Want to participate in a short research study? Help shape the future of investing tools and you could win a $250 gift card!
The big shareholder groups in Lakeland Financial Corporation (NASDAQ:LKFN) have power over the company. Insiders often own a large chunk of younger, smaller, companies while huge companies tend to have institutions as shareholders. Companies that used to be publicly owned tend to have lower insider ownership.
With a market capitalization of US$1.1b, Lakeland Financial is a decent size, so it is probably on the radar of institutional investors. Taking a look at our data on the ownership groups (below), it’s seems that institutions are noticeable on the share registry. We can zoom in on the different ownership groups, to learn more about LKFN.
What Does The Institutional Ownership Tell Us About Lakeland Financial?
Institutional investors commonly compare their own returns to the returns of a commonly followed index. So they generally do consider buying larger companies that are included in the relevant benchmark index.
As you can see, institutional investors own 75% of Lakeland Financial. This can indicate that the company has a certain degree of credibility in the investment community. However, it is best to be wary of relying on the supposed validation that comes with institutional investors. They too, get it wrong sometimes. When multiple institutions own a stock, there’s always a risk that they are in a ‘crowded trade’. When such a trade goes wrong, multiple parties may compete to sell stock fast. This risk is higher in a company without a history of growth. You can see Lakeland Financial’s historic earnings and revenue, below, but keep in mind there’s always more to the story.
Investors should note that institutions actually own more than half the company, so they can collectively wield significant power. Lakeland Financial is not owned by hedge funds. There are plenty of analysts covering the stock, so it might be worth seeing what they are forecasting, too.
Insider Ownership Of Lakeland Financial
While the precise definition of an insider can be subjective, almost everyone considers board members to be insiders. The company management answer to the board; and the latter should represent the interests of shareholders. Notably, sometimes top-level managers are on the board, themselves.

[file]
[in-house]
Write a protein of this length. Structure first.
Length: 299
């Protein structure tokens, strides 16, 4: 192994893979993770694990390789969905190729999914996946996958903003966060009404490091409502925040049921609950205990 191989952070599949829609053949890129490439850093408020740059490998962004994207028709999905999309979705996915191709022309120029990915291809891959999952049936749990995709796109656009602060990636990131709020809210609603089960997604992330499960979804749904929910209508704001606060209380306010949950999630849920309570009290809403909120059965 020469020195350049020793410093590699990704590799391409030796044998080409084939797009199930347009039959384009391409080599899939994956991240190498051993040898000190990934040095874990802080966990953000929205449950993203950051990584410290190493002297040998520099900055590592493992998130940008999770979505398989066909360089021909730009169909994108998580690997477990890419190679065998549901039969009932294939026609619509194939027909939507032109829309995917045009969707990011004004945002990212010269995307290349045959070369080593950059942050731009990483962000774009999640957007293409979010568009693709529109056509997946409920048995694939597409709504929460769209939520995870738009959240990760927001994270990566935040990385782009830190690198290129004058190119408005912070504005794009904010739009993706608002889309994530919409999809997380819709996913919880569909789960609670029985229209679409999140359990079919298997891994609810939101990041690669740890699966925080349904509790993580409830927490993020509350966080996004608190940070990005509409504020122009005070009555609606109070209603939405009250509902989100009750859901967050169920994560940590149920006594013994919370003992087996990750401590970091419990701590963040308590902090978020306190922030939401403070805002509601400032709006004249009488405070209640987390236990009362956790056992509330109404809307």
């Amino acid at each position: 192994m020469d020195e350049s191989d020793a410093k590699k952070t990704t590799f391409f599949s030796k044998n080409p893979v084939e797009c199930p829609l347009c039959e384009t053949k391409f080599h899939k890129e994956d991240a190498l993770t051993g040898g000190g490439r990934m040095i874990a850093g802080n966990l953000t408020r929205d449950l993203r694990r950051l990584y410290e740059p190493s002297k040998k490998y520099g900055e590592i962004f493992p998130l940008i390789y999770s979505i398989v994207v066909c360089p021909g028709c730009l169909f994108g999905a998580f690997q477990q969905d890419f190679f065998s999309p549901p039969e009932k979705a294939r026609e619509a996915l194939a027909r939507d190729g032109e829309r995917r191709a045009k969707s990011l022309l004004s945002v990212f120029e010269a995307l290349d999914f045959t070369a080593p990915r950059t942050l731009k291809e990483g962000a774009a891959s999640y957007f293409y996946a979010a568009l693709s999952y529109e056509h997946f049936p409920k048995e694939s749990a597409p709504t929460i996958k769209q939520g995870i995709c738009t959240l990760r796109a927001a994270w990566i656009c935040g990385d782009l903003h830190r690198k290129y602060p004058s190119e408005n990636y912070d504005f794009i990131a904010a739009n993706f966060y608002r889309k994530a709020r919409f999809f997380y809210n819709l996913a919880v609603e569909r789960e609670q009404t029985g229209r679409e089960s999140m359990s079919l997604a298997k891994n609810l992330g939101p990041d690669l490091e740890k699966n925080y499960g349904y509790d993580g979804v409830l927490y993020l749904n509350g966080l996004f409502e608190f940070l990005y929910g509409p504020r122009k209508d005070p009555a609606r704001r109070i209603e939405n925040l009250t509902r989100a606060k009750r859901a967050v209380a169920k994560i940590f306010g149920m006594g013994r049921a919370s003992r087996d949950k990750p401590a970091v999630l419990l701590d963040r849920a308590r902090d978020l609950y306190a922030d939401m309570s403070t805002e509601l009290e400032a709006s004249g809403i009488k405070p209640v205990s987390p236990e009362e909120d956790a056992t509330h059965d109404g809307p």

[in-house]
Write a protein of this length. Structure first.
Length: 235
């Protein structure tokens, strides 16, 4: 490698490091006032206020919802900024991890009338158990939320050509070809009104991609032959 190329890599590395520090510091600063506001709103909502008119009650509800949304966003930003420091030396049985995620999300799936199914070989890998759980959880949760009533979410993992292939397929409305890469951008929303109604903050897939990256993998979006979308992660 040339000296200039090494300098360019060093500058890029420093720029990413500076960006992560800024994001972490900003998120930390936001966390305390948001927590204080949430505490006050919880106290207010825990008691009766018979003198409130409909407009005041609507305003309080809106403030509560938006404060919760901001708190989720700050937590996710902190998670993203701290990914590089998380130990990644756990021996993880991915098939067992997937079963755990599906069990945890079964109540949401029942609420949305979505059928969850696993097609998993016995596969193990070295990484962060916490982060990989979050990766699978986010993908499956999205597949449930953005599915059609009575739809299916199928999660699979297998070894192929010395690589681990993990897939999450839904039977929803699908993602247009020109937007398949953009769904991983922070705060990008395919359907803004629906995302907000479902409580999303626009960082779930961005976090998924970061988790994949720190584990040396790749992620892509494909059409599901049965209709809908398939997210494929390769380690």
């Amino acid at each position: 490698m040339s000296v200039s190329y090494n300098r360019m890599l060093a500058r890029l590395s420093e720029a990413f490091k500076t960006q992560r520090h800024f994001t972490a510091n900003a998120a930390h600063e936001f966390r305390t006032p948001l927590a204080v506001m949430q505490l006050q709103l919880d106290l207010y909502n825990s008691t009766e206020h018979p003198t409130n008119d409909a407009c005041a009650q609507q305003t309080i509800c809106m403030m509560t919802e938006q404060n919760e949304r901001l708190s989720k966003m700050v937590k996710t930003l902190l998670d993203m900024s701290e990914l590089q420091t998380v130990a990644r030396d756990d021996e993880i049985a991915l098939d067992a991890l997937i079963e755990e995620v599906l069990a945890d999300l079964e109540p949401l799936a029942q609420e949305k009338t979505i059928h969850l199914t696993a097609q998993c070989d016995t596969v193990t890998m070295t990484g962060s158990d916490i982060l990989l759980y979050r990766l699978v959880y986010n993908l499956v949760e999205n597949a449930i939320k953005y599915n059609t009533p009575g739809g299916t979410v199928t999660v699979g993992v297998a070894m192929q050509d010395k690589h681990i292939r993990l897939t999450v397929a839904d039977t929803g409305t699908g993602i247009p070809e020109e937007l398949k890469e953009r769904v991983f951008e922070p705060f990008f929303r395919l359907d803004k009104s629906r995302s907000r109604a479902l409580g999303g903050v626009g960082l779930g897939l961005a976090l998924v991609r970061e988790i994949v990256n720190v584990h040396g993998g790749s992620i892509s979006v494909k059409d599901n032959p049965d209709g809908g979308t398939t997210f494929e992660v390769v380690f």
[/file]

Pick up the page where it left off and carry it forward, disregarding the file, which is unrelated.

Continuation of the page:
Most consider insider ownership a positive because it can indicate the board is well aligned with other shareholders. However, on some occasions too much power is concentrated within this group.
We can see that insiders own shares in Lakeland Financial Corporation. The insiders have a meaningful stake worth US$46m. Most would see this as a real positive. If you would like to explore the question of insider alignment, you can click here to see if insiders have been buying or selling.
General Public Ownership
The general public, with a 21% stake in the company, will not easily be ignored. While this size of ownership may not be enough to sway a policy decision in their favour, they can still make a collective impact on company policies.
It’s always worth thinking about the different groups who own shares in a company. But to understand Lakeland Financial better, we need to consider many other factors.
Many find it useful to take an in depth look at how a company has performed in the past. You can access this detailed graph of past earnings, revenue and cash flow .
If you are like me, you may want to think about whether this company will grow or shrink. Luckily, you can check this free report showing analyst forecasts for its future.
NB: Figures in this article are calculated using data from the last twelve months, which refer to the 12-month period ending on the last date of the month the financial statement is dated. This may not be consistent with full year annual report figures.
We aim to bring you long-term focused research analysis driven by fundamental data. Note that our analysis may not factor in the latest price-sensitive company announcements or qualitative material.
If you spot an error that warrants correction, please contact the editor at email@example.com. This article by Simply Wall St is general in nature. It does not constitute a recommendation to buy or sell any stock, and does not take account of your objectives, or your financial situation. Simply Wall St has no position in the stocks mentioned. Thank you for reading.